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TV shows we love: Broadchurch

tv shows we love

Despite it being so well received by the watching public and critics alike, I believe murder mystery Broadchurch deserves more recognition for the way it tackles many crucial topics of today’s society.

Episodes of violence, apathy, indifference and ignorance, just to name a few, are all carefully portrayed and developed throughout the course of the three seasons of the series and in the most effective way I have ever witnessed on screen.

The two main protagonists, detectives Alec Hardy and Ellie Miller, played by David Tennant and Olivia Colman at their absolute best, try to shed light on the murder of teenager Daniel Latimer, found dead on the beach in Broadchurch, a small and unassuming holiday town in coastal England.

The first season focuses almost exclusively on Danny’s death and the grief, suspicion and unwanted media attention on the town.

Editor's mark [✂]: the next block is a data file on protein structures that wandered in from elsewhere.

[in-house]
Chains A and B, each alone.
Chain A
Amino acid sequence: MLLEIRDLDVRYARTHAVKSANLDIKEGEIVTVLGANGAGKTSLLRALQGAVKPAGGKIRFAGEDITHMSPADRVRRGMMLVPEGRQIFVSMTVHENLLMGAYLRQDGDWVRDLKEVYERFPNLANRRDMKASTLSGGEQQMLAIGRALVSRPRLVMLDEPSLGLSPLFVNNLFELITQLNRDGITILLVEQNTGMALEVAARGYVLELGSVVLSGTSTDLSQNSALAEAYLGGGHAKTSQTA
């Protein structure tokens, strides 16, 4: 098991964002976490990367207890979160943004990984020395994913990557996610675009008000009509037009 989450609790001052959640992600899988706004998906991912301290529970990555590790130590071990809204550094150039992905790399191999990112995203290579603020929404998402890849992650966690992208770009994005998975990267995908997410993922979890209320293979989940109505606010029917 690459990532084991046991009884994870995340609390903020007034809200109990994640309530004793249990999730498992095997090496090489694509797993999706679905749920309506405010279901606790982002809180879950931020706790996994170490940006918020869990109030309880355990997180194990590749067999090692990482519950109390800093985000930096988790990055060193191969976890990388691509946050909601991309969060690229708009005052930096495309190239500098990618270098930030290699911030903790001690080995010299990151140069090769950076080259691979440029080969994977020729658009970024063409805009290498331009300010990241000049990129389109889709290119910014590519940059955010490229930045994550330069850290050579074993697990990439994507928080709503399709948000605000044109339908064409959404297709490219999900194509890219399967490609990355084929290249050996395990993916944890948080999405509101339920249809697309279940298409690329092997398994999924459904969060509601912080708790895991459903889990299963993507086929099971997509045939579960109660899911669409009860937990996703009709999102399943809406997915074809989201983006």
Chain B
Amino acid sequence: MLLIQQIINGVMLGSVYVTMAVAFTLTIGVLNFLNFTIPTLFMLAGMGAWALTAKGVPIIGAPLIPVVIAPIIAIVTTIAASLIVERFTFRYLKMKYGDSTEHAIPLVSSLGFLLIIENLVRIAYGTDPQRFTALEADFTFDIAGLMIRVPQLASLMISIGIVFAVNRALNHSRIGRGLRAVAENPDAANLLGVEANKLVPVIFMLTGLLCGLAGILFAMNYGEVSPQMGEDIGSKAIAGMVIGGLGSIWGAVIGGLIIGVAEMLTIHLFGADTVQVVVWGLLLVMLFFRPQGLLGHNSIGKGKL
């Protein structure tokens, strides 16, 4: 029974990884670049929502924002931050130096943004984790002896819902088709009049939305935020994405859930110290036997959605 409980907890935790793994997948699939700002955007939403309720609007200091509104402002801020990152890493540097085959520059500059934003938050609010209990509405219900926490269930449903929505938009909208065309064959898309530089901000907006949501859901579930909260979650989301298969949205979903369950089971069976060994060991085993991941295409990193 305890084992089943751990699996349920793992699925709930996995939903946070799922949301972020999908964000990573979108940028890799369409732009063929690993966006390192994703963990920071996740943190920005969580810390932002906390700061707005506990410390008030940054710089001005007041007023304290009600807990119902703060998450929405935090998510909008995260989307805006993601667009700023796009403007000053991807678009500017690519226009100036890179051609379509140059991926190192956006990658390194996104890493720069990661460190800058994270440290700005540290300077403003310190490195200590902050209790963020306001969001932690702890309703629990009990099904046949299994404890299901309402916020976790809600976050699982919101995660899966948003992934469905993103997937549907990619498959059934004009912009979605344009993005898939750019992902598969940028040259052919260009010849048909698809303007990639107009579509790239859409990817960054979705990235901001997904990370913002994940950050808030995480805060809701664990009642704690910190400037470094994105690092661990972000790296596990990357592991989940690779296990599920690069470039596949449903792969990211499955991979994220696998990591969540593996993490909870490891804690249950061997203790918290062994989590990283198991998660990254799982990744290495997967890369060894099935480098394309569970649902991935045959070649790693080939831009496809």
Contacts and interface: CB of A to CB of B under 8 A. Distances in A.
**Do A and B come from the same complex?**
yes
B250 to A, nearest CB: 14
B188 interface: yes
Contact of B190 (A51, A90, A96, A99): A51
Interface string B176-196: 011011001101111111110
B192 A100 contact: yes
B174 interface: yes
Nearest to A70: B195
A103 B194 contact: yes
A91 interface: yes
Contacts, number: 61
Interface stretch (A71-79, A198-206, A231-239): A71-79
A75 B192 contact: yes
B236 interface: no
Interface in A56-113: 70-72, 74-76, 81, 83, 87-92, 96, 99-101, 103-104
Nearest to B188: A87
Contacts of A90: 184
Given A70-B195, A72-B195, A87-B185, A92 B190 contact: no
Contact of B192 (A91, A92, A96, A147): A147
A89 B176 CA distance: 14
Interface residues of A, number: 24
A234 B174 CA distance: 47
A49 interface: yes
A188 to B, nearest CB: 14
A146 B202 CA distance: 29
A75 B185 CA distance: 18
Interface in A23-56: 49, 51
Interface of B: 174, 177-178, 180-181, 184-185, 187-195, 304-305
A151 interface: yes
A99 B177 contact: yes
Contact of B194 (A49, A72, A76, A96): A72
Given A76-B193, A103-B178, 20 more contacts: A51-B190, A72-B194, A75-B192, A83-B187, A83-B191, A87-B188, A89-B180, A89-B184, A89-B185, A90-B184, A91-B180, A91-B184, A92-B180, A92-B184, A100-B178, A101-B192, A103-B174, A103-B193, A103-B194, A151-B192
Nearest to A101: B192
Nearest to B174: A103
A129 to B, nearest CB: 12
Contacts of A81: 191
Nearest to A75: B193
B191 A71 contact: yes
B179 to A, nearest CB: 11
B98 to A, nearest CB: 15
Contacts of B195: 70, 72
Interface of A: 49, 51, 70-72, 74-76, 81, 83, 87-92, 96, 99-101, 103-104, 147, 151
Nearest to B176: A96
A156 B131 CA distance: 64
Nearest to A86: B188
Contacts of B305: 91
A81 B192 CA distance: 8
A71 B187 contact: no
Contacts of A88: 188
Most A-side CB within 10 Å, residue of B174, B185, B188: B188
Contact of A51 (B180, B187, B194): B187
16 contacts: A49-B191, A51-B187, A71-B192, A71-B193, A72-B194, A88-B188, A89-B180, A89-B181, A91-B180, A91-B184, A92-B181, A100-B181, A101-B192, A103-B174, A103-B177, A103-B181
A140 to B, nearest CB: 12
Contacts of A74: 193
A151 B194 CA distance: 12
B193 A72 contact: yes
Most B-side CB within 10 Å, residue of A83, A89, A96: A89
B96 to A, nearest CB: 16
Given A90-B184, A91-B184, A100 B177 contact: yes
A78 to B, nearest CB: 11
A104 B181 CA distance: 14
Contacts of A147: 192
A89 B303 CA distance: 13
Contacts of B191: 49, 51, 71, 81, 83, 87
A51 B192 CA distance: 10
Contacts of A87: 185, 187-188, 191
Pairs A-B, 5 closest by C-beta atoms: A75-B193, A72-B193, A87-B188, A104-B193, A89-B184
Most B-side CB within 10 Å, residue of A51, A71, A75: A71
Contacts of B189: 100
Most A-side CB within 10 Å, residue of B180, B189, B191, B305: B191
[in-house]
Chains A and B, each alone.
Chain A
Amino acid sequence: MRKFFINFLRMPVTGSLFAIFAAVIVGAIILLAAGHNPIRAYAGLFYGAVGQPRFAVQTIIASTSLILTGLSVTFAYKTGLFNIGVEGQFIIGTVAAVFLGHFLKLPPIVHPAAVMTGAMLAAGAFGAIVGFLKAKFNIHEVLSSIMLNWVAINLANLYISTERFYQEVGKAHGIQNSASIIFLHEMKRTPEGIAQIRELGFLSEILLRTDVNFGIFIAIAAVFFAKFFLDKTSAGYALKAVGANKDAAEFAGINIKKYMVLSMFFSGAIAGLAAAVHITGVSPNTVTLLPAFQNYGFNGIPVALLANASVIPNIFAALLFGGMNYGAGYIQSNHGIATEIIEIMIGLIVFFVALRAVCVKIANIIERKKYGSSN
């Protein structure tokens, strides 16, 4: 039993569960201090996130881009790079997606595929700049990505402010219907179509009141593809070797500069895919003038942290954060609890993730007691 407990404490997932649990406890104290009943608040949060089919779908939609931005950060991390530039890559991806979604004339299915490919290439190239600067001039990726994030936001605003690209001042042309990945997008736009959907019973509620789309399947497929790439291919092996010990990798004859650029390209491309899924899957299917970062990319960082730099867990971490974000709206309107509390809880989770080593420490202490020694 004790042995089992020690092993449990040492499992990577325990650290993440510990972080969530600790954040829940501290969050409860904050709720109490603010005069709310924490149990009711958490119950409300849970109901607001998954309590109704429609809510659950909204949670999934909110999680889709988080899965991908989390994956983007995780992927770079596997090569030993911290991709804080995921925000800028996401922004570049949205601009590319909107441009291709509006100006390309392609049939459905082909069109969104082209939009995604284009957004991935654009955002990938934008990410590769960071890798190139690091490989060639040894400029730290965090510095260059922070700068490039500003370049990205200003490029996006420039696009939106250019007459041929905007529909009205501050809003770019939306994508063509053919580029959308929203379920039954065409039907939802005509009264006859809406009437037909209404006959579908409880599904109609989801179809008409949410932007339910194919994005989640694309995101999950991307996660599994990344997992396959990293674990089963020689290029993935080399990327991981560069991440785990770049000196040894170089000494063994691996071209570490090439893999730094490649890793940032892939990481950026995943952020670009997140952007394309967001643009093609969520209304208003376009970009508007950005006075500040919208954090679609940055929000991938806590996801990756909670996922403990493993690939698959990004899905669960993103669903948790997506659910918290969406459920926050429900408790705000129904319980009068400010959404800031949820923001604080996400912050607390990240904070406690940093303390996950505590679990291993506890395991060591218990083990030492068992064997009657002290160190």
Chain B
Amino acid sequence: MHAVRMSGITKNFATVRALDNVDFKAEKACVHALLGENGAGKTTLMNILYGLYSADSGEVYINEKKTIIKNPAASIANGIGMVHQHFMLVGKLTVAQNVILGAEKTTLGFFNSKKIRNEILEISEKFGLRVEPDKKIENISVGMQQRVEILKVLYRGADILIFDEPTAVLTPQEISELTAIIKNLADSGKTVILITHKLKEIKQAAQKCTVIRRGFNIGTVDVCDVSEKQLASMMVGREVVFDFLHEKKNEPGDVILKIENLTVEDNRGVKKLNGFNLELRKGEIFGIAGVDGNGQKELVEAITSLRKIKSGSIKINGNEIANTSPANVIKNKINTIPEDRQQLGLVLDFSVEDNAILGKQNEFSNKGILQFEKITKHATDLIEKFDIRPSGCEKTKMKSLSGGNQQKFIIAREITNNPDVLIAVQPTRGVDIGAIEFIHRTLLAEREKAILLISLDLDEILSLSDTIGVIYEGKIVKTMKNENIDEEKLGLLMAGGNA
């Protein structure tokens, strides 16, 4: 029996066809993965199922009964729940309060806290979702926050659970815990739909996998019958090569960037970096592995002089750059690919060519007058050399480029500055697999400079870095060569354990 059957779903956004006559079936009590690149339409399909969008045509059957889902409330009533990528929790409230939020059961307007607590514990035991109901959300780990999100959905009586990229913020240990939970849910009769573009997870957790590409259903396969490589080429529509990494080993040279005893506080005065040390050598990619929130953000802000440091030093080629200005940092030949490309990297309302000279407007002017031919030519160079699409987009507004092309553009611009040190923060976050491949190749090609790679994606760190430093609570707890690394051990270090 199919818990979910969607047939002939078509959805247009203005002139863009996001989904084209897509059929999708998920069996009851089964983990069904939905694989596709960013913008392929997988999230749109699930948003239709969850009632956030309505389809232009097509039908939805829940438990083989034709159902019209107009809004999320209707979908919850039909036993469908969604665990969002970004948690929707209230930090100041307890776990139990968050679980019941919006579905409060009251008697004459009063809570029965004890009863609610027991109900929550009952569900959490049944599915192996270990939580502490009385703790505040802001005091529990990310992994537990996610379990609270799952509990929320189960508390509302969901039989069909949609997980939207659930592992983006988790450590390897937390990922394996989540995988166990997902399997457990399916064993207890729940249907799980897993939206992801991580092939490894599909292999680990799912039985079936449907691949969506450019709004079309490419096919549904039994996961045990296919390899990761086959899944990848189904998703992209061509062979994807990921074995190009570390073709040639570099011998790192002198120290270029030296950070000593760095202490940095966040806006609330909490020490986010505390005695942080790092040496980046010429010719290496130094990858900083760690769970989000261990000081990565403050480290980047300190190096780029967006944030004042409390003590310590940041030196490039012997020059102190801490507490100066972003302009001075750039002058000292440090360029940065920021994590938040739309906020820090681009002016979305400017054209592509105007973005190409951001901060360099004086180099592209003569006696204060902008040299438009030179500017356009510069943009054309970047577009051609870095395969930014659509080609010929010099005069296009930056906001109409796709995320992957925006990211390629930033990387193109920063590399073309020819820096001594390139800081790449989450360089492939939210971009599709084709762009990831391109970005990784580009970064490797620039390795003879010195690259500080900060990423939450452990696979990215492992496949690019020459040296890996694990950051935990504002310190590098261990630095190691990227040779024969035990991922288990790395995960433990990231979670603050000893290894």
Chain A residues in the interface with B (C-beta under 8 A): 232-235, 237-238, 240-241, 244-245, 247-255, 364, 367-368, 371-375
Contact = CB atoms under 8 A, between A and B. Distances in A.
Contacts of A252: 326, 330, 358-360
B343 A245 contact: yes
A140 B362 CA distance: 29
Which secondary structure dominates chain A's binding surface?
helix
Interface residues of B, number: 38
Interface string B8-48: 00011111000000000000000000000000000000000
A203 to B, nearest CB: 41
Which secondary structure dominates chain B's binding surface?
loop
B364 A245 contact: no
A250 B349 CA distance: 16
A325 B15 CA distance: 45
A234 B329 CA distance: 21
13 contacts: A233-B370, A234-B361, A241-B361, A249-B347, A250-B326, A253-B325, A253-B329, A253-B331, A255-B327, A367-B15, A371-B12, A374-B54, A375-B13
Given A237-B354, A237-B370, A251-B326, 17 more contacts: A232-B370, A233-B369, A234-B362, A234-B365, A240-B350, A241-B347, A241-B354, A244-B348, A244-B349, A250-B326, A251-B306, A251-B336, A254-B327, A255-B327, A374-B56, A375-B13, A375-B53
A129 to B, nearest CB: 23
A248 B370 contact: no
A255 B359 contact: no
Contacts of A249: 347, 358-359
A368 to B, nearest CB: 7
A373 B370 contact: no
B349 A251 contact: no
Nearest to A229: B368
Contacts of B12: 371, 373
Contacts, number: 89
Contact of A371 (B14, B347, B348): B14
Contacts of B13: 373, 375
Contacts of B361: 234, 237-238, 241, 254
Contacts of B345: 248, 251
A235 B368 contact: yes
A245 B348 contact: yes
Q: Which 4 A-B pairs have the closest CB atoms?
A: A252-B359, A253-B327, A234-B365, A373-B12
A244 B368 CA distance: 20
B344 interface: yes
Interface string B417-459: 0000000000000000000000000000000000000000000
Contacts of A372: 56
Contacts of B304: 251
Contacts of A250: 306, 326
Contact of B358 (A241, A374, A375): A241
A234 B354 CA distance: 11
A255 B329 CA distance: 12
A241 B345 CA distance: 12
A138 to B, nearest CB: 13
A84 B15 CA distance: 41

The second season follows the trial after the discovery of Danny’s killer and a case from the past that still haunts Hardy. The third and final series, somewhat detached from the first two, sees Miller and Hardy investigate the rape of a local woman at a birthday party, while Danny’s loved ones still try to move on from his murder.

Broadchurch, however, is not just the story of a tragic and untimely death, but a true insight on the subject of guilt. Viewers are led to believe that some characters are beyond any reasonable suspicion, just to have their world rocked by new developments, never forced and yet always unexpected.

But perhaps the main strength of the series is the depth with which each character is portrayed. From grief to relief, from shame to rage, every single Broadchurch resident goes through enough emotions to keep the viewer glued to the seat and desperate to find out what’s going to happen next.

Broadchurch’s main aspiration is justice, yet it shows a world that is compellingly real, where guilt is never complete and innocence is never above suspicion. Broadchurch shows us how the world is never black or white, but comprised of a series of devastating, terrifying and only rarely uplifting shades of grey.

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